In 1828, Dr. Moore was appointed Trustee of the College of Physicians and Surgeons, and continued, from that period to the end of his life, to take an earnest interest in the prosperity of that institution. At the time of his death, he was the senior member of the board. In 1849, on the reappearance of the cholera, Dr. Moore, in conjunction with his friends Dr. Joseph M. Smith and Dr. John B. Beck, was appointed medical counselors to the Committee of the Sanitary Board of Health. To the duties of this position, made more onerous by the fact that his associate Dr. Beck was soon, by the state of his health, disabled from taking his share of them, Dr. Moore devoted all his energies; and the Report published by the Committee affords most satisfactory evidence of the ability and faithfulness with which this important public duty was performed. For several years, the health of Dr. Moore, never very robust, had been gradually declining, and he felt himself obliged to contract the sphere of his professional labor. Still he was unwilling entirely to give up the practice of his profession, and very many of his old friends were still more unwilling to be given up. In March last he met with an accident, which, though not immediately followed by grave symptoms, caused, as afterwards appeared, effusion of blood into the cavity of the arachnoid. He continued to visit a few friends, and his venerable form was still seen at. church, till in July, paralysis very gradually supervened, and then

“Gently as an infant to his sleep,

Went he to death”

Dr. Moore married in 1813, Emily, daughter of William Constable, Esq., by whom he had thirteen children, ten of whom yet survive to give unto God most "hearty thanks, for the good example of him who, having finished his course in faith, doth now rest from his labors.”

Case of Rupture of the Uterus.-Recovery. By J. S. Monell, M. D.,

of New-York.

I was called on Tuesday, July 15th, about 2, P. M., to see a patient, aged 35 years, in labor with her fifth child, who had been, since one o'clock of the night previous, under the care of a midwife. The membranes had ruptured about an hour before my visit ; and upon examination, a hand was found protruding from the vulva, and above this, the fætus presenting by the face. The pains were excessively severe.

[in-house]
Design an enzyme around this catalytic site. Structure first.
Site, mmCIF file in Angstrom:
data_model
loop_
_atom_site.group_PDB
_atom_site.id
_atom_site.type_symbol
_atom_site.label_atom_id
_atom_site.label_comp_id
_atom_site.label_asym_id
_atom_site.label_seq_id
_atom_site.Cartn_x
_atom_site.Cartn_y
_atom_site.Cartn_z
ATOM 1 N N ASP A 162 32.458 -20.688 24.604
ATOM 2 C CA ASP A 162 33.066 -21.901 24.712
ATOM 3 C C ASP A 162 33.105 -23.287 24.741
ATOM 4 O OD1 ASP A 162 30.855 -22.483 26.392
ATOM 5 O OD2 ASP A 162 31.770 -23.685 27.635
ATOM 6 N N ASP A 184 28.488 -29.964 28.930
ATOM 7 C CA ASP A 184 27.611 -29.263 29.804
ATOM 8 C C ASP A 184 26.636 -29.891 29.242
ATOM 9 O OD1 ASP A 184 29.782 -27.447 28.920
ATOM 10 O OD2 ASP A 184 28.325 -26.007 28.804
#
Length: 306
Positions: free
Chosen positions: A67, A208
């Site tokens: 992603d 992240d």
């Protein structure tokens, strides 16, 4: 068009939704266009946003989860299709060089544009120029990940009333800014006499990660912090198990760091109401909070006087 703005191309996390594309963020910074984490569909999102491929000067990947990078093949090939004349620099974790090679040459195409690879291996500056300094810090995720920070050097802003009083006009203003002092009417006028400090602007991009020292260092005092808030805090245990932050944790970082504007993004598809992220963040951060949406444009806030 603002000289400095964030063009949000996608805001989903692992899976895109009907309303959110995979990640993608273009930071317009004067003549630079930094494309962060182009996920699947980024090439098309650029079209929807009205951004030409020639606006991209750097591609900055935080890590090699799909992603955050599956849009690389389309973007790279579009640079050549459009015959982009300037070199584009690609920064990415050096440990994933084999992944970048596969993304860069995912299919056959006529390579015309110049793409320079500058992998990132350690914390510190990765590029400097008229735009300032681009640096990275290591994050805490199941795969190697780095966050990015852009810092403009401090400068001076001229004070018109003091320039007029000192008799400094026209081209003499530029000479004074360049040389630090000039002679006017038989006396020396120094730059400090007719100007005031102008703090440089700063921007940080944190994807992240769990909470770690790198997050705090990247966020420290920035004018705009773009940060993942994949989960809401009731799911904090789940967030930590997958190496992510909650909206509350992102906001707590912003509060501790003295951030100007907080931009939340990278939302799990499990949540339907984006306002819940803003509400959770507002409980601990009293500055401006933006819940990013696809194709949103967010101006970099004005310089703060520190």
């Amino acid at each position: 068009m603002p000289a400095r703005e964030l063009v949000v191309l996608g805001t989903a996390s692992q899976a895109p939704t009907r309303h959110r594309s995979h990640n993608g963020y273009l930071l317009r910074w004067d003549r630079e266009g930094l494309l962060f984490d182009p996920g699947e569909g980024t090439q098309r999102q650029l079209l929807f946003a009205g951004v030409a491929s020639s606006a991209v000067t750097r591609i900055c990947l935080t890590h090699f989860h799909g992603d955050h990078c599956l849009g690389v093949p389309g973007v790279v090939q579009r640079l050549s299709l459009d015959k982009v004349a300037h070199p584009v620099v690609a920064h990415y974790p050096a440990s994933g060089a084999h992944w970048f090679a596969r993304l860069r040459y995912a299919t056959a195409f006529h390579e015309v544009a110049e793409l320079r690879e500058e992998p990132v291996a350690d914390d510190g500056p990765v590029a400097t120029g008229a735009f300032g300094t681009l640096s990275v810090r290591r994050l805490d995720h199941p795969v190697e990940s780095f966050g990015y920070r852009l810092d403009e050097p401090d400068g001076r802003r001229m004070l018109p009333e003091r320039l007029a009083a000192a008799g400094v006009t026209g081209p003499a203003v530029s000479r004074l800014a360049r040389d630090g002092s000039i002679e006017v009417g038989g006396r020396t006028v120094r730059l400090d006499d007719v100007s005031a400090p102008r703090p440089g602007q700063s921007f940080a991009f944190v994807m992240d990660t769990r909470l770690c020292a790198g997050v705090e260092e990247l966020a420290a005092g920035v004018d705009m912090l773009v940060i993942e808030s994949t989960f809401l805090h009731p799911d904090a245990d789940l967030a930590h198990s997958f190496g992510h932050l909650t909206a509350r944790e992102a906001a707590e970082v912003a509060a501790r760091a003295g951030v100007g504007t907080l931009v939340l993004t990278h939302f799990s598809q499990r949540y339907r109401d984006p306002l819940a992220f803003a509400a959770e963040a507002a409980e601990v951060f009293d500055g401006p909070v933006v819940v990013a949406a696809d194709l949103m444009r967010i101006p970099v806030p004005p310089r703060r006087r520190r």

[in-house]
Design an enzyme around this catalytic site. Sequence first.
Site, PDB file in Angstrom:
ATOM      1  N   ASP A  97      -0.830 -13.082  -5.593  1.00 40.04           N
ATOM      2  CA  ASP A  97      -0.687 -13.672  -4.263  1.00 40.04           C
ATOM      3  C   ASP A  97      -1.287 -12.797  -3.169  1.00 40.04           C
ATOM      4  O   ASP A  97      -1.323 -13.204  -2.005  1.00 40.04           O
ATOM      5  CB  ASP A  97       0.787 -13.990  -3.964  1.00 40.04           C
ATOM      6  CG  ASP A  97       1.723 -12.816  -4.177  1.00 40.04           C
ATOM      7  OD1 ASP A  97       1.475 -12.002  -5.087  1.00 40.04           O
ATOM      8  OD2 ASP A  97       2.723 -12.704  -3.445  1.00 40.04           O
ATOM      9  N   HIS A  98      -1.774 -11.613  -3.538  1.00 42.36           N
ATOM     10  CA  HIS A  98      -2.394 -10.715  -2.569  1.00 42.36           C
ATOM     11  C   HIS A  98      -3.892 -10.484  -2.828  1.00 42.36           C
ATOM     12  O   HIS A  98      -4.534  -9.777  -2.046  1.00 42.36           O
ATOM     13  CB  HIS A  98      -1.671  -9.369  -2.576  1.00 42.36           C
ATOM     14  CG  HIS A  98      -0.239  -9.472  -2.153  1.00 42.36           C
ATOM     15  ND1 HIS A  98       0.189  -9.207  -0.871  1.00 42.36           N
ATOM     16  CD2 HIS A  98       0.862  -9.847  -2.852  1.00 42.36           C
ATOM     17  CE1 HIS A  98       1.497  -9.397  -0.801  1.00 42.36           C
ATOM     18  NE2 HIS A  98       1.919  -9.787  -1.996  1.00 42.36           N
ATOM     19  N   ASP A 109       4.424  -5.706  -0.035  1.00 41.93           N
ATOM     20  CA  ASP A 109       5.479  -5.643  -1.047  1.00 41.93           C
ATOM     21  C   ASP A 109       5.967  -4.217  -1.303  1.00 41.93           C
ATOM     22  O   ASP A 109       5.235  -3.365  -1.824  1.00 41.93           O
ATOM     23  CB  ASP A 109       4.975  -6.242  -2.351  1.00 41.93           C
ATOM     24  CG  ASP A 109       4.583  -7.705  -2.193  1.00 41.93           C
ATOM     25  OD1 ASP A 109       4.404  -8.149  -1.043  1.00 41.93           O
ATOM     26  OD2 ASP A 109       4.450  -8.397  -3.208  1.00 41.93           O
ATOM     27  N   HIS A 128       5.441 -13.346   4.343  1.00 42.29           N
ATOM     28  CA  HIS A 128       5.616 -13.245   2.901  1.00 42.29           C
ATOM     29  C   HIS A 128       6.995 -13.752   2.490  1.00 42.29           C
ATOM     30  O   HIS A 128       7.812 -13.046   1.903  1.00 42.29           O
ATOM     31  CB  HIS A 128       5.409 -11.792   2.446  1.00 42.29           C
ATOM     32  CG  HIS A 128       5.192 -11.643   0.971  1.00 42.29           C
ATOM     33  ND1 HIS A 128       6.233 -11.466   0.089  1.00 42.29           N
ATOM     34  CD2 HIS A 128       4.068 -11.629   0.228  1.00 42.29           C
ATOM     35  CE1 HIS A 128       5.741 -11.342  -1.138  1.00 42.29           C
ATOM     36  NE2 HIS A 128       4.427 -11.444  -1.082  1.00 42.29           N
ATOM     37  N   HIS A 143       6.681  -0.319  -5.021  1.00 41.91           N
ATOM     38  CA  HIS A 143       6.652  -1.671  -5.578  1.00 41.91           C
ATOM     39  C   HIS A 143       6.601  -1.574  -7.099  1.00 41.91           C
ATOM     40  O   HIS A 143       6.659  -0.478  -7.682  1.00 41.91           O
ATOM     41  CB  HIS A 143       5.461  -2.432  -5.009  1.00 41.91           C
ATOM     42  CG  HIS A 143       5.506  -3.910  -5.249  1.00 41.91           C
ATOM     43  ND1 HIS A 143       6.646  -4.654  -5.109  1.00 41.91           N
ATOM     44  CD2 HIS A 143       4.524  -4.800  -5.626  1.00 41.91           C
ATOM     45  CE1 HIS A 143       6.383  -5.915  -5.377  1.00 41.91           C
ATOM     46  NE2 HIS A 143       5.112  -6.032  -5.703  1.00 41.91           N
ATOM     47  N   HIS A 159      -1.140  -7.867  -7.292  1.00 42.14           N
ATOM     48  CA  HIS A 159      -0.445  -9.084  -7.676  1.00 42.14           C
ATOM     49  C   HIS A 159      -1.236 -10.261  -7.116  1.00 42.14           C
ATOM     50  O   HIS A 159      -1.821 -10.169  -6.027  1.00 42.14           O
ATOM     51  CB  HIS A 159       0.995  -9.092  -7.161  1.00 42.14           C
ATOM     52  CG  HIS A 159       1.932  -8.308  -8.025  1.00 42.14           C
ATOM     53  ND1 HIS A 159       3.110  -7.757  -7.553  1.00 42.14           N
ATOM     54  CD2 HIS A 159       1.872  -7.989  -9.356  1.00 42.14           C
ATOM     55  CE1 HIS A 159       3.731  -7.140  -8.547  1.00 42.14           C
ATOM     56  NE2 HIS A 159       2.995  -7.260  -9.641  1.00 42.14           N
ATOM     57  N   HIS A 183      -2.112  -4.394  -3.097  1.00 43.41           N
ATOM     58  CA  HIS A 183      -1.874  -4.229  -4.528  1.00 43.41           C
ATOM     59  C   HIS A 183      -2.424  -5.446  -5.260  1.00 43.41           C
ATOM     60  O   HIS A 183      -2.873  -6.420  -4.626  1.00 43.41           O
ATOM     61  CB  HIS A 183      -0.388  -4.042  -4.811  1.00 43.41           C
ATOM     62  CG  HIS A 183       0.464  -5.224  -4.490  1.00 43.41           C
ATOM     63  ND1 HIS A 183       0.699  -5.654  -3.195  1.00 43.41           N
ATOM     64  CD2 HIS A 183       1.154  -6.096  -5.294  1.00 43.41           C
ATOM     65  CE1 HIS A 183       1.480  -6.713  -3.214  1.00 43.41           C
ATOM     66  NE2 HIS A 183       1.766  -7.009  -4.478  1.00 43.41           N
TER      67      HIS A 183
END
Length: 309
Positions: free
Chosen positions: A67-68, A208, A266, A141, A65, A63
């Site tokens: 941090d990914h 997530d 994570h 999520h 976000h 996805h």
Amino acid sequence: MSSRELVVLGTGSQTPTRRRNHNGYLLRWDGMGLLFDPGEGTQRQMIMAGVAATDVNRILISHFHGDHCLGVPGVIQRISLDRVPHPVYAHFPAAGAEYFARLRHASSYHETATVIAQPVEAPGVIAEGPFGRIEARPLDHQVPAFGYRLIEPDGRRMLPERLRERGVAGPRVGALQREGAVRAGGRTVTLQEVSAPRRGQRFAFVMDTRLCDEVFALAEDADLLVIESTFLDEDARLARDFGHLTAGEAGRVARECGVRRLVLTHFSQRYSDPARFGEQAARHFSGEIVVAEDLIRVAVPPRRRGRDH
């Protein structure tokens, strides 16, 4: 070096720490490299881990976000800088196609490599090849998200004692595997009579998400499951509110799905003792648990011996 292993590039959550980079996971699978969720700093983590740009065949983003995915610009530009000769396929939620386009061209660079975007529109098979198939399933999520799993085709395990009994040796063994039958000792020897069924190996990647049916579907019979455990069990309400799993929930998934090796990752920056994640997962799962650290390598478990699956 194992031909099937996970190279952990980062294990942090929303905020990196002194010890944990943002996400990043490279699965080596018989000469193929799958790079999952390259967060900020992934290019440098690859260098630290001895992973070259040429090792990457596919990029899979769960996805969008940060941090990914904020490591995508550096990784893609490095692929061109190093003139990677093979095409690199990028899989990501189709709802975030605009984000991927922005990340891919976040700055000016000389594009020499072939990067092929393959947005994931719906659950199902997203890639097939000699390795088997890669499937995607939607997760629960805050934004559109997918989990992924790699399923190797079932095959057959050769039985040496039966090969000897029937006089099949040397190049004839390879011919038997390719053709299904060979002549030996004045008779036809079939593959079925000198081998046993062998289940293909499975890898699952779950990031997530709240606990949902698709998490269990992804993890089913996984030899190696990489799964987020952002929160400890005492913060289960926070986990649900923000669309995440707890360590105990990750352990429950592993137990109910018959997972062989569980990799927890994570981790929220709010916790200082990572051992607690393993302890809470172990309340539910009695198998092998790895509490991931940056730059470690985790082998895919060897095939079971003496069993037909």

Circumstances, over which I had no control, delayed the adoption of the only means of relief, until between four and five o'clock. By this time the pains had ceased entirely, and the aspect of the patient was alarming; the countenance was pallid, the lips blue, pulse quick and

feeble, with abdominal tenderness. Through the abdominal parietes, the contour of the child was readily distinguishable, especially in the right hypochondrium. Upon vaginal examination, the head was found to have receded.

At this time the patient was seen by several medical gentlemen, who all agreed as to the correctness of the diagnosis of the case as one of ruptured uterus; and immediate delivery was resolved on as furnishing the only feasible hope of saving life.

Version was effected without difficulty, by Dr. T. F. Cock, who found the laceration in the right side of the uterus, the foot having passed through the rent into the peritoneal cavity. At the time of delivery, the case appeared nearly hopeless; the countenance was pale and haggard, the pulse rapid and thready; frequent vomiting, and tenderness over the abdomen, indicated the probable existence of peritonitis.

Nevertheless, soon after, delivery was effected; and by the active administration of stimulants, the patient began to rally; and in about two hours, the use of Majendie's solution of morphine, in 15-drop doses, was commenced, to be continued every two hours until sleep should ensue.

The patient slept well during the night, and was found on Wednesday morning, with a pale and anxious countenance, tongue furred white, pulse 100, hard and quick, skin hot and dry, tenderness and tumefaction of the abdomen. She had passed no urine, and the lochia were suppressed. Motion, and even respiration produced abdominal distress. She was directed to take every three hours, a tablespoonful of a mixture of spts. minderer., spts. nitr., ipecac. and Majendie's solution, with hot fomentations to the abdomen.